I remember the day I was ordained. My friends and I stood there, freshly minted rabbis, our careers well planned out. We had prepared for this day and our future! Funny, as that old Yiddish proverb states, “man plans and God laughs”. Well, God has been chuckling for years. That well planned out track, before too many years had passed, looked very different. Such is life!
This weeks Torah portion contains so many special moments, not the least of which is the moments scene at the Sea of Reeds, the crossing and the echoing of the “mi chamocha” song of celebration. (Exodus 15). But I wanted to focus on the very beginning of the portion, for when I reviewed it, that old proverb sprang to memory again. The portion begins with God deciding not to take the Israelites to the Promised Land by the most direct route. Rather, “God led the people round about, by the way of the wilderness at the Sea of Reeds” (Exodus [13:18]).
I mention this verse because I think it fits in to so many of our experiences, especially as we look back on our life. How many of us can really say that our lives have been a linear exposition;
a straight line of living, along the lines we perhaps set out for ourselves when we left college or grad school? Life has had a way of getting in the way of those plans. Maybe it was a shift in career. Perhaps a transition from one relationship to another. Maybe an unexpected diagnosis that changed, in a fundamental way, the best of plans.A birth, or a death or an illness! Whatever, so may of us, as we look back, can see that the straight line of life was anything but. It has been often a spiral, in and out, up and down, often subject to the unexpected or randomness of existence. Look back and see how you have managed those changes, those unexpected twists and turns. That is how we acquire real wisdom. It is how we adapted to and dealt with those random acts of living that, in a very real sense, made us who and what we are today. And it is that cumulative experience that forms the foundation upon which we move into the future.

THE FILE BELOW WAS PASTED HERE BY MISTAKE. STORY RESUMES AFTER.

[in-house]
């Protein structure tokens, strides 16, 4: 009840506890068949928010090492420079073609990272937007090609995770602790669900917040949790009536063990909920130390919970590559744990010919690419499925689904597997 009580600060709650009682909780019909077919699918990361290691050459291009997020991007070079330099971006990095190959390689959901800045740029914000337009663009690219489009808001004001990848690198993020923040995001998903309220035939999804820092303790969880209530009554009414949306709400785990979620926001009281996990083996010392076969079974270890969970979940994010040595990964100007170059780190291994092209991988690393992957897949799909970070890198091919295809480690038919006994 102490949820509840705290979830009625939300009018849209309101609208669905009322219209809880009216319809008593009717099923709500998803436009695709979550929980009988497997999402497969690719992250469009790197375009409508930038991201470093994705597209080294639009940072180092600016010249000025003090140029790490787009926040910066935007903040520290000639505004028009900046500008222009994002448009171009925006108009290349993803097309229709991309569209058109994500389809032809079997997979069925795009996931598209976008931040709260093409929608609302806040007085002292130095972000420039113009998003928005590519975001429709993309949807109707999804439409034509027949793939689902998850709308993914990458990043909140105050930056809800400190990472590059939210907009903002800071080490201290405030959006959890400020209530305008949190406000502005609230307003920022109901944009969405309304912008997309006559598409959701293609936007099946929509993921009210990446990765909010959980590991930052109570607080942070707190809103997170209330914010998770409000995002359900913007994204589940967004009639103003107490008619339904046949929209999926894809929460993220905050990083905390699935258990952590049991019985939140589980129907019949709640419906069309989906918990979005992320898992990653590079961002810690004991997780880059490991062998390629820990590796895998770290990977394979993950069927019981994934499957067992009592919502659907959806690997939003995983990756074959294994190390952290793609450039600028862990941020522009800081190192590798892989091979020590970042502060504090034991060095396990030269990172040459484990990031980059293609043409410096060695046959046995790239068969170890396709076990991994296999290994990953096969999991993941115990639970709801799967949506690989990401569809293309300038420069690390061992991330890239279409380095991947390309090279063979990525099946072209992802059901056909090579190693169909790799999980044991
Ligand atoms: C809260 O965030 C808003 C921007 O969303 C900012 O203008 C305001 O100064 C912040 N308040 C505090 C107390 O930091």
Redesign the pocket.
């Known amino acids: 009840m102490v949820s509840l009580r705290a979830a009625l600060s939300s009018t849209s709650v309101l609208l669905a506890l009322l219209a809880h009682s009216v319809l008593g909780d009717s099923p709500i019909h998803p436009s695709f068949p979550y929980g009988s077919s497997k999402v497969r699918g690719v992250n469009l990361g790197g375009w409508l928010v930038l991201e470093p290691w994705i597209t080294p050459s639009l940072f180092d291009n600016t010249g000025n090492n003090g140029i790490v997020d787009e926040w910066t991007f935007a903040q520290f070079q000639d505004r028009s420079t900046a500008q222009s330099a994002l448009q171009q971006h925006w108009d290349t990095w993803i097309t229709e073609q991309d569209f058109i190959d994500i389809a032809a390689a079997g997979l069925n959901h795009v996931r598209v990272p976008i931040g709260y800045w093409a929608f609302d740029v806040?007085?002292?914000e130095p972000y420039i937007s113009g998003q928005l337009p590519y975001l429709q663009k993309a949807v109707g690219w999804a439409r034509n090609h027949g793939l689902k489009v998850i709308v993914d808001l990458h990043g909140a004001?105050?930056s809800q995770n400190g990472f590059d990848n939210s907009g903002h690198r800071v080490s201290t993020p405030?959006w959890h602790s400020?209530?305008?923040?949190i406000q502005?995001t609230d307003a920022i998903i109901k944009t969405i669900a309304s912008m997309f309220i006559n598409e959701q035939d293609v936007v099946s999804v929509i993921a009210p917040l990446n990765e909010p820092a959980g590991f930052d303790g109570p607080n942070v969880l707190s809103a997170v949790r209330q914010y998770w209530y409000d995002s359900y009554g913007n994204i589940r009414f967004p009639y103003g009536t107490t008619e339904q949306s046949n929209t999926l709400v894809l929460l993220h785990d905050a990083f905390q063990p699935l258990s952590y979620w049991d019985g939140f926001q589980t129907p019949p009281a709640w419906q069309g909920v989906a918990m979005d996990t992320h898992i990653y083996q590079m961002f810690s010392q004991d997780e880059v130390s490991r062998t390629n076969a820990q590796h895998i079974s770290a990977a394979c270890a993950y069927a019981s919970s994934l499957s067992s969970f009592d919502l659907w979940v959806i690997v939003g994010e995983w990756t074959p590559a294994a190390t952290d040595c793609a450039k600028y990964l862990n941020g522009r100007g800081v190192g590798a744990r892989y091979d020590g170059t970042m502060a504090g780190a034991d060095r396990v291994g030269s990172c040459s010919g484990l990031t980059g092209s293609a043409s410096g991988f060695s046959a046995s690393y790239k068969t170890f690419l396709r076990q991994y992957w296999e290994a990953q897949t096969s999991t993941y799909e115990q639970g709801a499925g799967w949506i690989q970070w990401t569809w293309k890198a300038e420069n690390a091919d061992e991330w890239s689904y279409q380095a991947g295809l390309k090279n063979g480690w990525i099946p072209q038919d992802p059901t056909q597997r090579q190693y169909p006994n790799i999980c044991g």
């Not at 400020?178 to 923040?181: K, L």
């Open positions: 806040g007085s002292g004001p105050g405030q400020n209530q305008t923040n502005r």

These stages of life are the “stuff” of our story. How we choose to see them, live them and embrace them really do determine who and what we are. The symbolism of this verse is very real, for, in avery real sense,it is the story of all of our lives.
Rabbi Richard F. Address